The black flying suits: I have seen these on pilots of 603, 602 and 616 as well as many Hurricane pilots in the battle of France. I can only presume it was part of the tone down for war however. Squdron badges were a squadron thing and 607 Squadron always wore theirs, as did many other squadrons. Thats only my opinion based on what I have. Worn as an 'in joke'? I would say no.

    Best Wishes.
    Robert Dixon.

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    Fashion perhaps? They would have been called chimney sweeps in Poland.

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    Franek,
    The wheel turns full circle! When the jet engine came in, those who had to do things up the jet-pipe were known, in the RAF, as "Sooties"!!
    Rgds
    Peter Davies
    Meteorology is a science; good meteorology is an art!
    We might not know - but we might know who does!

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    You see! I believe that the fashion is a forgotten factor. I know that for example in the Polish pre-war Army there was a fashion to wear sand coloured uniforms instead of regulation khaki. One Polish tank brigade was so desperate to look different way, so they wore old style M16 German helmets!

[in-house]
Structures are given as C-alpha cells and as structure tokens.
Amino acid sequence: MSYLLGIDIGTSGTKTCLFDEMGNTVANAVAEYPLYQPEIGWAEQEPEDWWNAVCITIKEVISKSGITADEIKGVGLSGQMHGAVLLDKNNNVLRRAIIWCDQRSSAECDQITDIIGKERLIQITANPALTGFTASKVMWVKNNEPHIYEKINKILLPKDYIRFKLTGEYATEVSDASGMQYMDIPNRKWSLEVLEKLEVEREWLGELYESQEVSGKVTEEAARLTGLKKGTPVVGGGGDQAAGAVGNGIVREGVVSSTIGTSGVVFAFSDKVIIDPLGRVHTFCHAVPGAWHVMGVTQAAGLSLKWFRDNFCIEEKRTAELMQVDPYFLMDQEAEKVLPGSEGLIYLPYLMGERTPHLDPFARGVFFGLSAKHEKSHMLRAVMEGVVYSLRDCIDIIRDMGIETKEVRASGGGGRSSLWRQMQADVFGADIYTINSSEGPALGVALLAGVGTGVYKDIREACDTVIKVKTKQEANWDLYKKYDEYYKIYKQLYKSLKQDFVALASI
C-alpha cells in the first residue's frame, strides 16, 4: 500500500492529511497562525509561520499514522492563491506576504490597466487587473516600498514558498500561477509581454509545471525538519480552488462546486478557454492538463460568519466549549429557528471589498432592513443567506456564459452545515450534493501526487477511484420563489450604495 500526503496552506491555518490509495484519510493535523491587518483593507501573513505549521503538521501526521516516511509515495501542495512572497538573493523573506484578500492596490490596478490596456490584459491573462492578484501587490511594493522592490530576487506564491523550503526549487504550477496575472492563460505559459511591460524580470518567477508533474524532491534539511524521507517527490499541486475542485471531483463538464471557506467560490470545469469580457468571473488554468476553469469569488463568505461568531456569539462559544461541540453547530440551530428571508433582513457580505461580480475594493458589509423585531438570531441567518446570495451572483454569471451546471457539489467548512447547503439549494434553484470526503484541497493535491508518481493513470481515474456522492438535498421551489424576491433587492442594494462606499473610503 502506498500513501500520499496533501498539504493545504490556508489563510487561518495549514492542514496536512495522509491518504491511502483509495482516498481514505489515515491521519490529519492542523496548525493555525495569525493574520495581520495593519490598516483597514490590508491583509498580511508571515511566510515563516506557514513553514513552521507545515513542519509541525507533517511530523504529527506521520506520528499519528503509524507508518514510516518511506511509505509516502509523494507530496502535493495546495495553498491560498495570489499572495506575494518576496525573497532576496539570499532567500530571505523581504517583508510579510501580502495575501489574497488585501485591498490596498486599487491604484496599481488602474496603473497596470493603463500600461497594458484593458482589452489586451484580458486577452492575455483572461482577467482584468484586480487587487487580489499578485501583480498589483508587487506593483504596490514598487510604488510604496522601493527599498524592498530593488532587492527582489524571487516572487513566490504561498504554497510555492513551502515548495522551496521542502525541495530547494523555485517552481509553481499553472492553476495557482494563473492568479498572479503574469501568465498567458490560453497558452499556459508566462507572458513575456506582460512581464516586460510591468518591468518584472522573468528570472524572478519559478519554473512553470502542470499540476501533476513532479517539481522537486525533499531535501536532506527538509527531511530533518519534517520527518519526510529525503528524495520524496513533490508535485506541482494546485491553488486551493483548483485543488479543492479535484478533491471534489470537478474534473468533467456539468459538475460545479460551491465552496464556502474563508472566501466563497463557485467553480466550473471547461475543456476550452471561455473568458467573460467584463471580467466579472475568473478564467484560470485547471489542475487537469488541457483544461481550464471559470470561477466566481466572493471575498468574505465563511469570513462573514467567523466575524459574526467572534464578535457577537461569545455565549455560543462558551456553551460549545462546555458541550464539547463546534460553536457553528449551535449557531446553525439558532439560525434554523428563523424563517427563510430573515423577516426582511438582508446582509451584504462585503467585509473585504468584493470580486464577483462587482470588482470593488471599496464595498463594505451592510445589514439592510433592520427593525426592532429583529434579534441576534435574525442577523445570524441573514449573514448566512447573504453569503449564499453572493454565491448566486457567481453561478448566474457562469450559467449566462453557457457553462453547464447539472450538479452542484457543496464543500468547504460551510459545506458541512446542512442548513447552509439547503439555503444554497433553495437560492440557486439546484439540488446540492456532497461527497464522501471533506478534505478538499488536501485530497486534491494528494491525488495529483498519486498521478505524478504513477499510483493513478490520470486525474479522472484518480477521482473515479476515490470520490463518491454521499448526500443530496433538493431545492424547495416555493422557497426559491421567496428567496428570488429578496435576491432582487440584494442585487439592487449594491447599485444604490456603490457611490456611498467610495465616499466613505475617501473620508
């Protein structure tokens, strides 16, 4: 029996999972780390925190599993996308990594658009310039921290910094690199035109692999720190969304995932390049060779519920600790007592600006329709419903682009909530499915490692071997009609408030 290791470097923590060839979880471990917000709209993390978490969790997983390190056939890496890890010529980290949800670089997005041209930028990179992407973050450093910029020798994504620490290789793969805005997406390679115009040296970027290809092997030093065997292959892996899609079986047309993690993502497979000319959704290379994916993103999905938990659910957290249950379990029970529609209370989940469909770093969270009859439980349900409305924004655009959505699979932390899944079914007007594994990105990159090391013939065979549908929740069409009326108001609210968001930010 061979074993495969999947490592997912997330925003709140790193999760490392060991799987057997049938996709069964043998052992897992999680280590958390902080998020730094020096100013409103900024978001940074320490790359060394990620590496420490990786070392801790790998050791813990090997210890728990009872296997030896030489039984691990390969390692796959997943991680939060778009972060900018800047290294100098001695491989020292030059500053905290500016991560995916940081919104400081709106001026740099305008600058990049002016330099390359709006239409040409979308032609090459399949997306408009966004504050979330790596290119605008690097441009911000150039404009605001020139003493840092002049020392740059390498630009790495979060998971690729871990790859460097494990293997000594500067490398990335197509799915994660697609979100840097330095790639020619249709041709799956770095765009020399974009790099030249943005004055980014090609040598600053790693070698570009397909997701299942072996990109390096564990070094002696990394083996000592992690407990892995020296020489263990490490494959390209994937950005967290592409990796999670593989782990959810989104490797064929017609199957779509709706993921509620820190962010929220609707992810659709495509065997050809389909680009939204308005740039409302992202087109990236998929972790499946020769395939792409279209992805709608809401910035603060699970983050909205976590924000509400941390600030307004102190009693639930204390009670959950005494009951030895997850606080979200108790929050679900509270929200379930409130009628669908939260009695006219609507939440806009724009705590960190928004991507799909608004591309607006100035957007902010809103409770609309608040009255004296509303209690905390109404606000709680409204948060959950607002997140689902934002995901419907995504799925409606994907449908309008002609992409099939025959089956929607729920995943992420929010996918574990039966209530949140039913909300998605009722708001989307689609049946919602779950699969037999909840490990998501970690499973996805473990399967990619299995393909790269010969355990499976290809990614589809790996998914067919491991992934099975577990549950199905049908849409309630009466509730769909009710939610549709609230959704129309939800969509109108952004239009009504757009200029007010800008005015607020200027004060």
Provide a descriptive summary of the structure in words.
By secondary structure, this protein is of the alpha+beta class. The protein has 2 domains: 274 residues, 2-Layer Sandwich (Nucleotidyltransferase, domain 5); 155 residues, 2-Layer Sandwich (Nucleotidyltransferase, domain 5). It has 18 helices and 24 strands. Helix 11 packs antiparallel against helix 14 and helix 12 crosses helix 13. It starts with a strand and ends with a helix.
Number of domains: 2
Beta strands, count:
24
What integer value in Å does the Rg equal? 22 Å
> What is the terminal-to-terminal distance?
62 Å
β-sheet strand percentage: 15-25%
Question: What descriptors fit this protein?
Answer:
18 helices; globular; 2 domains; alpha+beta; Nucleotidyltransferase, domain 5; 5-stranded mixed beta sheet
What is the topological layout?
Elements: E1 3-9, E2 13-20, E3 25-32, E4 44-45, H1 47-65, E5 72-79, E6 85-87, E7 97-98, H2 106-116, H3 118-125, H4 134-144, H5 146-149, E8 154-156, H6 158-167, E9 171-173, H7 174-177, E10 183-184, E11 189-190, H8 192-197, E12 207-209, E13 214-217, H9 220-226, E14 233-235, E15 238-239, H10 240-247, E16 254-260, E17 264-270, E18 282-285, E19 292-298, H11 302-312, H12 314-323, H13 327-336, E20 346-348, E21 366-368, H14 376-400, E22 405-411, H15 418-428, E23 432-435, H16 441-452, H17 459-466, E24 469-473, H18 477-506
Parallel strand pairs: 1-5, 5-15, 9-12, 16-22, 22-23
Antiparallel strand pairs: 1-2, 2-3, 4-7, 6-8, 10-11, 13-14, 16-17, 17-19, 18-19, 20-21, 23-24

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    Yes, I agree entirely that "fashion", or perhaps a drive to mark the individual team identity, is very common in miliary circles. I noticed this when researching Operation Pedestal, where each Sea Hurricane unit can be identified by the individuality of their markings. This is partly why I feel that the "Coal Miners" story has strong internal credibility, and regret not being able to find the original comment. I'm convinced that Richard Collier's version is complementary rather than being the original.

    Northeagle's identification of other dark flying suits clearly makes the story less likely to be true, which switches attention to its origin. However, I would point out that I lived on the Durham coalfield for the first twenty-one years of my life - it is "my part of the world" too! There is more to mining than hacking away at the coalface, whatever the snobberies and inverted snobberies attached.